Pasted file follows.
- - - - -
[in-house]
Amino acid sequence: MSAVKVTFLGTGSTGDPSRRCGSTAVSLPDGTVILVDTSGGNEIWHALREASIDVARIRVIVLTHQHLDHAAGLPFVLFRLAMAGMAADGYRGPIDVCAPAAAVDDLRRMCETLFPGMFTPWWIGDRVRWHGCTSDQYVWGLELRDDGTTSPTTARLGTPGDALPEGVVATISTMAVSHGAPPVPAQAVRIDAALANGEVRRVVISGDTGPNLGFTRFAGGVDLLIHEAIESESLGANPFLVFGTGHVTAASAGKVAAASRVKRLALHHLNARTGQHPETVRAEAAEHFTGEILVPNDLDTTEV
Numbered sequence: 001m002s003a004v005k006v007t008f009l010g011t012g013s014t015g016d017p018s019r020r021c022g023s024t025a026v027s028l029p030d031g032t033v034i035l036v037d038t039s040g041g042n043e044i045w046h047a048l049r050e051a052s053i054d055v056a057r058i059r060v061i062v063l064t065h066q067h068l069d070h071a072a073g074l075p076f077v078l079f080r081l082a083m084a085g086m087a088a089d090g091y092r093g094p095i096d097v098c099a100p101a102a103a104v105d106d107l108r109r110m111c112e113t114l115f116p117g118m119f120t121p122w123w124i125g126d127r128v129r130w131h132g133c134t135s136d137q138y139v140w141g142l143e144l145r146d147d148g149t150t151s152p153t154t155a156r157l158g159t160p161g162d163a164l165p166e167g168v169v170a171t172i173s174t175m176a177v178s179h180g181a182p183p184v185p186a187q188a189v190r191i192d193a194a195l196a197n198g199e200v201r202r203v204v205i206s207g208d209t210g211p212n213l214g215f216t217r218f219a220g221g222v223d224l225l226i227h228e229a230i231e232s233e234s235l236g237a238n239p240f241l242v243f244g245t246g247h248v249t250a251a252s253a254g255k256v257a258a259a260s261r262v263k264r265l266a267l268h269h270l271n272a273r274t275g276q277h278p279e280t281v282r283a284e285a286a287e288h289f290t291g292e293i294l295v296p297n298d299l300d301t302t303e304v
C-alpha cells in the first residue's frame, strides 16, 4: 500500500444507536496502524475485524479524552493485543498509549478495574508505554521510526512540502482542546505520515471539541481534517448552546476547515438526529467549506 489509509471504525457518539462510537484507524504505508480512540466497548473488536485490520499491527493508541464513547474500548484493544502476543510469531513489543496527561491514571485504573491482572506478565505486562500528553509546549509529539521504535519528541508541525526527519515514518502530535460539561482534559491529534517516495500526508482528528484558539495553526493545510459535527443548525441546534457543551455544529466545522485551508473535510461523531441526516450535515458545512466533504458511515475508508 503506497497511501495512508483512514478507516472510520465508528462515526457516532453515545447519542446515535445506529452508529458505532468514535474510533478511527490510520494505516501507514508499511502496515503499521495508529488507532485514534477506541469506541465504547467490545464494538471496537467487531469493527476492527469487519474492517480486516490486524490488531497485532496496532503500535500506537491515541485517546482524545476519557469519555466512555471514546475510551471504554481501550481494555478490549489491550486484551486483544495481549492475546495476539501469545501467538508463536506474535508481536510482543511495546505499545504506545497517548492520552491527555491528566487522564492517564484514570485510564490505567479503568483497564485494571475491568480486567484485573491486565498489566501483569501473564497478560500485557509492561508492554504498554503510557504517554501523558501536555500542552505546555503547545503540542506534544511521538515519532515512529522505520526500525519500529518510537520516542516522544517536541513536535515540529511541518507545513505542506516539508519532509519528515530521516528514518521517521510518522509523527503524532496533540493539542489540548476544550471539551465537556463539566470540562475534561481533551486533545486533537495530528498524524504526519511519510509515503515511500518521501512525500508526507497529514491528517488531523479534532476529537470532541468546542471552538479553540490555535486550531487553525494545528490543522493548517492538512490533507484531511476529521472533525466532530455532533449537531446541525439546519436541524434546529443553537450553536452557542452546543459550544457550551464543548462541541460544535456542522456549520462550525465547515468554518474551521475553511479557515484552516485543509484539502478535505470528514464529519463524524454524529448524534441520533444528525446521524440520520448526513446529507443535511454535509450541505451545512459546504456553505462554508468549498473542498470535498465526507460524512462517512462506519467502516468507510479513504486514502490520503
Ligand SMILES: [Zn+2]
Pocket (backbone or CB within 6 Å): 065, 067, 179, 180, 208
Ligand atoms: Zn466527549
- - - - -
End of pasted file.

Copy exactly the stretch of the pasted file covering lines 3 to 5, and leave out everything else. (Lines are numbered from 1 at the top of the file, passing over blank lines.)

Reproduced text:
Numbered sequence: 001m002s003a004v005k006v007t008f009l010g011t012g013s014t015g016d017p018s019r020r021c022g023s024t025a026v027s028l029p030d031g032t033v034i035l036v037d038t039s040g041g042n043e044i045w046h047a048l049r050e051a052s053i054d055v056a057r058i059r060v061i062v063l064t065h066q067h068l069d070h071a072a073g074l075p076f077v078l079f080r081l082a083m084a085g086m087a088a089d090g091y092r093g094p095i096d097v098c099a100p101a102a103a104v105d106d107l108r109r110m111c112e113t114l115f116p117g118m119f120t121p122w123w124i125g126d127r128v129r130w131h132g133c134t135s136d137q138y139v140w141g142l143e144l145r146d147d148g149t150t151s152p153t154t155a156r157l158g159t160p161g162d163a164l165p166e167g168v169v170a171t172i173s174t175m176a177v178s179h180g181a182p183p184v185p186a187q188a189v190r191i192d193a194a195l196a197n198g199e200v201r202r203v204v205i206s207g208d209t210g211p212n213l214g215f216t217r218f219a220g221g222v223d224l225l226i227h228e229a230i231e232s233e234s235l236g237a238n239p240f241l242v243f244g245t246g247h248v249t250a251a252s253a254g255k256v257a258a259a260s261r262v263k264r265l266a267l268h269h270l271n272a273r274t275g276q277h278p279e280t281v282r283a284e285a286a287e288h289f290t291g292e293i294l295v296p297n298d299l300d301t302t303e304v
C-alpha cells in the first residue's frame, strides 16, 4: 500500500444507536496502524475485524479524552493485543498509549478495574508505554521510526512540502482542546505520515471539541481534517448552546476547515438526529467549506 489509509471504525457518539462510537484507524504505508480512540466497548473488536485490520499491527493508541464513547474500548484493544502476543510469531513489543496527561491514571485504573491482572506478565505486562500528553509546549509529539521504535519528541508541525526527519515514518502530535460539561482534559491529534517516495500526508482528528484558539495553526493545510459535527443548525441546534457543551455544529466545522485551508473535510461523531441526516450535515458545512466533504458511515475508508 503506497497511501495512508483512514478507516472510520465508528462515526457516532453515545447519542446515535445506529452508529458505532468514535474510533478511527490510520494505516501507514508499511502496515503499521495508529488507532485514534477506541469506541465504547467490545464494538471496537467487531469493527476492527469487519474492517480486516490486524490488531497485532496496532503500535500506537491515541485517546482524545476519557469519555466512555471514546475510551471504554481501550481494555478490549489491550486484551486483544495481549492475546495476539501469545501467538508463536506474535508481536510482543511495546505499545504506545497517548492520552491527555491528566487522564492517564484514570485510564490505567479503568483497564485494571475491568480486567484485573491486565498489566501483569501473564497478560500485557509492561508492554504498554503510557504517554501523558501536555500542552505546555503547545503540542506534544511521538515519532515512529522505520526500525519500529518510537520516542516522544517536541513536535515540529511541518507545513505542506516539508519532509519528515530521516528514518521517521510518522509523527503524532496533540493539542489540548476544550471539551465537556463539566470540562475534561481533551486533545486533537495530528498524524504526519511519510509515503515511500518521501512525500508526507497529514491528517488531523479534532476529537470532541468546542471552538479553540490555535486550531487553525494545528490543522493548517492538512490533507484531511476529521472533525466532530455532533449537531446541525439546519436541524434546529443553537450553536452557542452546543459550544457550551464543548462541541460544535456542522456549520462550525465547515468554518474551521475553511479557515484552516485543509484539502478535505470528514464529519463524524454524529448524534441520533444528525446521524440520520448526513446529507443535511454535509450541505451545512459546504456553505462554508468549498473542498470535498465526507460524512462517512462506519467502516468507510479513504486514502490520503
Ligand SMILES: [Zn+2]